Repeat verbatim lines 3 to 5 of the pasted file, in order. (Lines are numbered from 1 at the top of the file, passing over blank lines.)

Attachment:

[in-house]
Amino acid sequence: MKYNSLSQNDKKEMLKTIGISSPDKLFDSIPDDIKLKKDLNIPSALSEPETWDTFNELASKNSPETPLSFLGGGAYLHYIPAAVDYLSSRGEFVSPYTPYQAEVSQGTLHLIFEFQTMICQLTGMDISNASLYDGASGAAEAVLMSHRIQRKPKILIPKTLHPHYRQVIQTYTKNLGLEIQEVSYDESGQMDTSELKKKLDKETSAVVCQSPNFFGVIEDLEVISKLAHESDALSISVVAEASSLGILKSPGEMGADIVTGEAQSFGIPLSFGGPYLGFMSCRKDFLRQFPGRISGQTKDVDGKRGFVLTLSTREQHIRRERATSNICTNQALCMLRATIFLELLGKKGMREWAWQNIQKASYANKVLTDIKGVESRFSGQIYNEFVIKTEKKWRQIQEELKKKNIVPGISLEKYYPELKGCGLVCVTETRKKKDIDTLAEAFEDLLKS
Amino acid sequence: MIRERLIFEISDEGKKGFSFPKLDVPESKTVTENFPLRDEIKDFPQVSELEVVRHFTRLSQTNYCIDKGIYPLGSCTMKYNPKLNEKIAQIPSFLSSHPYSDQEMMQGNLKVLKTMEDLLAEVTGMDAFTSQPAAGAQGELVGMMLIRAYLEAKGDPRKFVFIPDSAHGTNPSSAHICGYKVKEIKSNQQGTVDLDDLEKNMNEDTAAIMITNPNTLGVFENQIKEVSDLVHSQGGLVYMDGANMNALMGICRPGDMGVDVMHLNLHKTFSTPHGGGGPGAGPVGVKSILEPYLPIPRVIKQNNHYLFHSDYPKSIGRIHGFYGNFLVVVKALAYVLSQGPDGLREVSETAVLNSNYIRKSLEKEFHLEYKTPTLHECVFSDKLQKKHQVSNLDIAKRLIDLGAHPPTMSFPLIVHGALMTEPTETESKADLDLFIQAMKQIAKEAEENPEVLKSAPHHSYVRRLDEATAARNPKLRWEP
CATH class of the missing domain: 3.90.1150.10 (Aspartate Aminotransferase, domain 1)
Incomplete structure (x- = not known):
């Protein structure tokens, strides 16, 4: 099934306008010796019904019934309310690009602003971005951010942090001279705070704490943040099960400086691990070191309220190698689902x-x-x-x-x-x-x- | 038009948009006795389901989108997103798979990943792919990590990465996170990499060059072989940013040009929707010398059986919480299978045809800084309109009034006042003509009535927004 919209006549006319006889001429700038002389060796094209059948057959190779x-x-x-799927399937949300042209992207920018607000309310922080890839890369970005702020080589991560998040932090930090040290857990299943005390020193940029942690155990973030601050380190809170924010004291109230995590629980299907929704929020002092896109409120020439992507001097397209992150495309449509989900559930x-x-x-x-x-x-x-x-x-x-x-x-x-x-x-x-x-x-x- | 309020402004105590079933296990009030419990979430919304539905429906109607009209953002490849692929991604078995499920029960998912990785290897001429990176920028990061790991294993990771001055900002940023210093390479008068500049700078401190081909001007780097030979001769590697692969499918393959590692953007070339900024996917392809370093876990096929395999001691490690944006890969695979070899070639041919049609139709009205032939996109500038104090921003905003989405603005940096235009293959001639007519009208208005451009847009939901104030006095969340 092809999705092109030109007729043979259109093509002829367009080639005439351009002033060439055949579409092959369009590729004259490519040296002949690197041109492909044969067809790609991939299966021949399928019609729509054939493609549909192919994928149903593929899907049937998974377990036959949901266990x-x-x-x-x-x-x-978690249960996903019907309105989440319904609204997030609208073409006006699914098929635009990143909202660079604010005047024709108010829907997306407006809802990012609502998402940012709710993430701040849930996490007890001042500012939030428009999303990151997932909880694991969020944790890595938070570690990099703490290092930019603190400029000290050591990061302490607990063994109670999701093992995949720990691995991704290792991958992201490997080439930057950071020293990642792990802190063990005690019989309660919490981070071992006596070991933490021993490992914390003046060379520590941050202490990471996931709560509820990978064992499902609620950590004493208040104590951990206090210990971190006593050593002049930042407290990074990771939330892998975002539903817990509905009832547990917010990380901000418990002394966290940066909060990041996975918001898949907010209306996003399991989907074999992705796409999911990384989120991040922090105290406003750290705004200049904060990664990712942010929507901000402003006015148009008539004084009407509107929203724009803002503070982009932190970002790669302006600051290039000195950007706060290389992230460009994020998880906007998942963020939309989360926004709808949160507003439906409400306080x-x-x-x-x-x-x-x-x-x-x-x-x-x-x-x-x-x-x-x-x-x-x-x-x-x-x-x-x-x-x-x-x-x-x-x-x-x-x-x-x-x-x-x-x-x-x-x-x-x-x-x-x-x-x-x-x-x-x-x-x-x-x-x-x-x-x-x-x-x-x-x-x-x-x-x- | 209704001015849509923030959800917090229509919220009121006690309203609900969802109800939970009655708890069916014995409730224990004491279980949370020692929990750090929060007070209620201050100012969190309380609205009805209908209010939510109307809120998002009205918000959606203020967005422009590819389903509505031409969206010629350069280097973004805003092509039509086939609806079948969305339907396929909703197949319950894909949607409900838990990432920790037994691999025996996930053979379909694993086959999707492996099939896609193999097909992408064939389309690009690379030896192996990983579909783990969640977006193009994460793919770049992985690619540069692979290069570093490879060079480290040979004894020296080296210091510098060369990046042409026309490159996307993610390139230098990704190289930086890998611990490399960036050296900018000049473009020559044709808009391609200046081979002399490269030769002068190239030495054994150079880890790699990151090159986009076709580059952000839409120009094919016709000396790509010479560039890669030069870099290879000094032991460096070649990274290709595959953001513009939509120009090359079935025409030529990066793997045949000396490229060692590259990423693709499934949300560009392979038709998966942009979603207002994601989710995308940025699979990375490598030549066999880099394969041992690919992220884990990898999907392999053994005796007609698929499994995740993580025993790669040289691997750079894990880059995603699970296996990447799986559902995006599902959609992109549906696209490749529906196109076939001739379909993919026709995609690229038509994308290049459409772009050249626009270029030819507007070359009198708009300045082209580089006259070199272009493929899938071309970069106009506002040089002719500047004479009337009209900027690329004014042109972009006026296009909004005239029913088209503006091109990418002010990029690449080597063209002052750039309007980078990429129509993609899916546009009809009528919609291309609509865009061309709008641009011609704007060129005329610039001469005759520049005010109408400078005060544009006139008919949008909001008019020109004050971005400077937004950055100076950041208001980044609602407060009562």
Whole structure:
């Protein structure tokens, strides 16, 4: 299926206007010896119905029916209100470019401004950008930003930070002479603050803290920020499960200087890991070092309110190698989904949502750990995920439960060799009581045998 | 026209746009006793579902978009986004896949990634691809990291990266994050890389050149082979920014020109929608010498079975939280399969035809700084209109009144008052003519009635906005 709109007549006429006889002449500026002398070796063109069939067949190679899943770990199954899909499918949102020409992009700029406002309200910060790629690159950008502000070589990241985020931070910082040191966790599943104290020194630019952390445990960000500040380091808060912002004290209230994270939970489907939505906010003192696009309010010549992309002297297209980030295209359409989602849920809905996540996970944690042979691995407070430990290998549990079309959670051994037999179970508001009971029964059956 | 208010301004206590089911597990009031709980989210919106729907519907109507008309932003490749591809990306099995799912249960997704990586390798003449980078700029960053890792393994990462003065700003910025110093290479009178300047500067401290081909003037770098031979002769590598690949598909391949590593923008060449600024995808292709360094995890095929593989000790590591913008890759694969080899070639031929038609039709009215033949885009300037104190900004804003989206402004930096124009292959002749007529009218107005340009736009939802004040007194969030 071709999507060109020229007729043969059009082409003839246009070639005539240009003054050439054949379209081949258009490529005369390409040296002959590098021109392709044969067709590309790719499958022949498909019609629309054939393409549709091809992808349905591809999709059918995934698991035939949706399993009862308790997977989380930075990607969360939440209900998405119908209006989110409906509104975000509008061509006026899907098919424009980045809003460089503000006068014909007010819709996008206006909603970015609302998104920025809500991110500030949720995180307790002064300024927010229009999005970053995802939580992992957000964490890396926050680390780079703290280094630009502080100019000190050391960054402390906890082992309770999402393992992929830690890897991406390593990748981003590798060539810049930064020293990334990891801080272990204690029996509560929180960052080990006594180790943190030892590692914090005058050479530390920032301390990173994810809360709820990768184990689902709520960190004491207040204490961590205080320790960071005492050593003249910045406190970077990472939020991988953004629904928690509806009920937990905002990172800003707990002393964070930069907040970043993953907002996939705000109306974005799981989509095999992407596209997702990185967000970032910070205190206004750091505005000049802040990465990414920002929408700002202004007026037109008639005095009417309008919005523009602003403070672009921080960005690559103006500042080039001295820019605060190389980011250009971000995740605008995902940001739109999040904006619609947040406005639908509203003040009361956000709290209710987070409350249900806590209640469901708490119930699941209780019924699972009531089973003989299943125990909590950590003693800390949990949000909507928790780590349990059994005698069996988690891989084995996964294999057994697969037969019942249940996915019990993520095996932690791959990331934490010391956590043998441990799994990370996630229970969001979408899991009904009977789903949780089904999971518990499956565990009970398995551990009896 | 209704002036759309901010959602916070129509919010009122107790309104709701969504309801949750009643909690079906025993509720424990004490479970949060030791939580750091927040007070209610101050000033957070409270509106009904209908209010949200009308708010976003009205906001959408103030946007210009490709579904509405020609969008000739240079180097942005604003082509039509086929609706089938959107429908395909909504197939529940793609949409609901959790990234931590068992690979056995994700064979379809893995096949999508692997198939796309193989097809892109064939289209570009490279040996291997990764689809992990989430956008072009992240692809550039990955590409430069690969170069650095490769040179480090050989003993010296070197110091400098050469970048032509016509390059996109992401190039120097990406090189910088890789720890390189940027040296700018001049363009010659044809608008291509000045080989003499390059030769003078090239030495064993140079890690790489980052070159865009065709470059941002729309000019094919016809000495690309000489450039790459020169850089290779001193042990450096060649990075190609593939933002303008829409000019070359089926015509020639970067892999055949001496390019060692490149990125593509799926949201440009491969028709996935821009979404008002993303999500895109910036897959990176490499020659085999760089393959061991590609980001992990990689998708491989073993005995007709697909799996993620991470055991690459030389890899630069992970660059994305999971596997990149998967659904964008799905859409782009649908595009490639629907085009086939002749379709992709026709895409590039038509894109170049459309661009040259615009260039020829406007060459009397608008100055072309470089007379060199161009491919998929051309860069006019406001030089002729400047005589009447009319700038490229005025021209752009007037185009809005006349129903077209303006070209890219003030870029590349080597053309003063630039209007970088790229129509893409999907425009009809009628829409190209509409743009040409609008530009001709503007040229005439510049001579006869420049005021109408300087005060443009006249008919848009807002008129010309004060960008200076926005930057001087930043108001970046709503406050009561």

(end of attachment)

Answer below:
Amino acid sequence: MIRERLIFEISDEGKKGFSFPKLDVPESKTVTENFPLRDEIKDFPQVSELEVVRHFTRLSQTNYCIDKGIYPLGSCTMKYNPKLNEKIAQIPSFLSSHPYSDQEMMQGNLKVLKTMEDLLAEVTGMDAFTSQPAAGAQGELVGMMLIRAYLEAKGDPRKFVFIPDSAHGTNPSSAHICGYKVKEIKSNQQGTVDLDDLEKNMNEDTAAIMITNPNTLGVFENQIKEVSDLVHSQGGLVYMDGANMNALMGICRPGDMGVDVMHLNLHKTFSTPHGGGGPGAGPVGVKSILEPYLPIPRVIKQNNHYLFHSDYPKSIGRIHGFYGNFLVVVKALAYVLSQGPDGLREVSETAVLNSNYIRKSLEKEFHLEYKTPTLHECVFSDKLQKKHQVSNLDIAKRLIDLGAHPPTMSFPLIVHGALMTEPTETESKADLDLFIQAMKQIAKEAEENPEVLKSAPHHSYVRRLDEATAARNPKLRWEP
CATH class of the missing domain: 3.90.1150.10 (Aspartate Aminotransferase, domain 1)
Incomplete structure (x- = not known):